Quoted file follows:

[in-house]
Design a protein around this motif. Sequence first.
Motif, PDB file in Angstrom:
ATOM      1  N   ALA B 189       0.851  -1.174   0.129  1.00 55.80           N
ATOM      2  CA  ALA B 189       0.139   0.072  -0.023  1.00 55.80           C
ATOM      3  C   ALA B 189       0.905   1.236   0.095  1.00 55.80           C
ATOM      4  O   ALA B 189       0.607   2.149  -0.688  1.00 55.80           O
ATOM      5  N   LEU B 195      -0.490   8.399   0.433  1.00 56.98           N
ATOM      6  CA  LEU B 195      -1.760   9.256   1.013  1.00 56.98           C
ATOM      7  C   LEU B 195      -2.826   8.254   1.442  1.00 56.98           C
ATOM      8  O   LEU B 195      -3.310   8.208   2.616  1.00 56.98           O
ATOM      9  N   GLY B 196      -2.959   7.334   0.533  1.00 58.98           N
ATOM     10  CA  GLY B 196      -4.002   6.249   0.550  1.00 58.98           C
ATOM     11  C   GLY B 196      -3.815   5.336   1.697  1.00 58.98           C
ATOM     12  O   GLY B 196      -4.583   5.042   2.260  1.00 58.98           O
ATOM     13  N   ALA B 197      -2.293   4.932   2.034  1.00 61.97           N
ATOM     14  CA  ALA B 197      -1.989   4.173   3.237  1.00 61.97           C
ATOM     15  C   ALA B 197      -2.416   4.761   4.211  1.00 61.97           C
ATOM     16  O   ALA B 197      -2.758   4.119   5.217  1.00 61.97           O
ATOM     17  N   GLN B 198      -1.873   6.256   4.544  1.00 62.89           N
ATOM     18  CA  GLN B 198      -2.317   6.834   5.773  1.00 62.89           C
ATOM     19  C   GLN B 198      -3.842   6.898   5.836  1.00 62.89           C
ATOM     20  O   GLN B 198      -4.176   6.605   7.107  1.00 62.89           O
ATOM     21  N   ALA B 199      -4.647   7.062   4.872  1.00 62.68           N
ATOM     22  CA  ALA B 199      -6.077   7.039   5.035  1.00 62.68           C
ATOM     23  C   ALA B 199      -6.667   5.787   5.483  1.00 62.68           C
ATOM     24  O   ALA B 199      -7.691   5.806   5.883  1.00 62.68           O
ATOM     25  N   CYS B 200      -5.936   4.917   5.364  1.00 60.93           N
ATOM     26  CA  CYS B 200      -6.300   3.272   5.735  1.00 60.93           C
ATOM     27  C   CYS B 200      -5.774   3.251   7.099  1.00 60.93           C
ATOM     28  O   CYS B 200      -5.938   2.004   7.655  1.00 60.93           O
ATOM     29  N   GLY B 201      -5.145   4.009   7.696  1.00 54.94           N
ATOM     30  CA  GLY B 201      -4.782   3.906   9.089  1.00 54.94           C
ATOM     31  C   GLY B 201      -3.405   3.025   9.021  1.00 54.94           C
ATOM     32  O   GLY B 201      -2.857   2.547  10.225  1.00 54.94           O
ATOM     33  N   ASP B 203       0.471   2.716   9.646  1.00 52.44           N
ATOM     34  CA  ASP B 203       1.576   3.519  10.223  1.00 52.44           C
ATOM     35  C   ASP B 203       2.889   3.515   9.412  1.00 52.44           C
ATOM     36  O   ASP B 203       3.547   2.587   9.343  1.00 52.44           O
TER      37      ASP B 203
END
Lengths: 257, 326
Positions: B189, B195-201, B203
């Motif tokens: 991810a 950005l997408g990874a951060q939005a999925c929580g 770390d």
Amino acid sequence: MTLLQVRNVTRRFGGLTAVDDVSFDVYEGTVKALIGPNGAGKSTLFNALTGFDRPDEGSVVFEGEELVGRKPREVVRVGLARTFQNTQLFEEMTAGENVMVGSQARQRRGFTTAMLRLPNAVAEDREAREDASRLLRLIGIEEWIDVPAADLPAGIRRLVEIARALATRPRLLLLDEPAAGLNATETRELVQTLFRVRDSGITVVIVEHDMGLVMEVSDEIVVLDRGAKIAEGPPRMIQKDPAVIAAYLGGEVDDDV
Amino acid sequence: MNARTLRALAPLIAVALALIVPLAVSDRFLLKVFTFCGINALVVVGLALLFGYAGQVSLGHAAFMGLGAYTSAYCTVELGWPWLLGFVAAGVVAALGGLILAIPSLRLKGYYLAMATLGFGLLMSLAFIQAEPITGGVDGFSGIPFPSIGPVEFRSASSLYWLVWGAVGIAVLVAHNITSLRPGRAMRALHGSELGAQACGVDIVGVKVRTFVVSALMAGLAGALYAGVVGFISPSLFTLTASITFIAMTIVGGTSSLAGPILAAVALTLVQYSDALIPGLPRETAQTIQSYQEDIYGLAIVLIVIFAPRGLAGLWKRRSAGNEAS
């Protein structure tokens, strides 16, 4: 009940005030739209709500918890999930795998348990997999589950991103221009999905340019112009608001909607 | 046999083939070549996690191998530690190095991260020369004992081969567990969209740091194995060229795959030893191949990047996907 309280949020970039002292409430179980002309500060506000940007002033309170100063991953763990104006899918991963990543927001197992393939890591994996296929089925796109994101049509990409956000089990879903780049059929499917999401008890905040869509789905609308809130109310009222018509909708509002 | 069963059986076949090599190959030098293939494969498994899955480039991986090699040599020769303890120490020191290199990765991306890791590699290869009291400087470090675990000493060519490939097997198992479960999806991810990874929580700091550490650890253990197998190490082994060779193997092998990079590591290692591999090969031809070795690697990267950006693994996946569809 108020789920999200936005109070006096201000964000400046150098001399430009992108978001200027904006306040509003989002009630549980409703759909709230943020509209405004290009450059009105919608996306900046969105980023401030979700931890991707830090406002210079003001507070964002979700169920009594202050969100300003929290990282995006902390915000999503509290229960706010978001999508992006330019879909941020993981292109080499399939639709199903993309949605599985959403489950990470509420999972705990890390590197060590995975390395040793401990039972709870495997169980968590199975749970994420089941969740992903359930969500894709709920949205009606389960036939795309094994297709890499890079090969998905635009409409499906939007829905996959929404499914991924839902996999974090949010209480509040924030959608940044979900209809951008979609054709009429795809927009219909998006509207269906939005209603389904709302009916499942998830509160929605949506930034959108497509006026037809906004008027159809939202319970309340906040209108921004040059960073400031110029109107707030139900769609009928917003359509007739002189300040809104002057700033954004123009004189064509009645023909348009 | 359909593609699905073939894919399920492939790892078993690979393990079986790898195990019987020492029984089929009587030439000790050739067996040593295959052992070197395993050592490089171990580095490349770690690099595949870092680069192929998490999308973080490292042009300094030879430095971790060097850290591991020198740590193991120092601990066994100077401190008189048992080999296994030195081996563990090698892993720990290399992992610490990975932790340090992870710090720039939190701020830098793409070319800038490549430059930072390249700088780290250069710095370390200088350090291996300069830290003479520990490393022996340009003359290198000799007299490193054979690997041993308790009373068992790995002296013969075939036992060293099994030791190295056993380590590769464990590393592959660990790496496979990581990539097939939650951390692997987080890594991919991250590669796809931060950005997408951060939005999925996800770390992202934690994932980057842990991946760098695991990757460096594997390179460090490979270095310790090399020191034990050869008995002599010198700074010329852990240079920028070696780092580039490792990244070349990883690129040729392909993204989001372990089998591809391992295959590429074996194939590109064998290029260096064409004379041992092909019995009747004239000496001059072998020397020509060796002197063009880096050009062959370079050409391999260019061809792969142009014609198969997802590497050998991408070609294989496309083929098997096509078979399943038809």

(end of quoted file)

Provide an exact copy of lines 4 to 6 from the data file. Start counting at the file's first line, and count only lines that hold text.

ATOM      1  N   ALA B 189       0.851  -1.174   0.129  1.00 55.80           N
ATOM      2  CA  ALA B 189       0.139   0.072  -0.023  1.00 55.80           C
ATOM      3  C   ALA B 189       0.905   1.236   0.095  1.00 55.80           C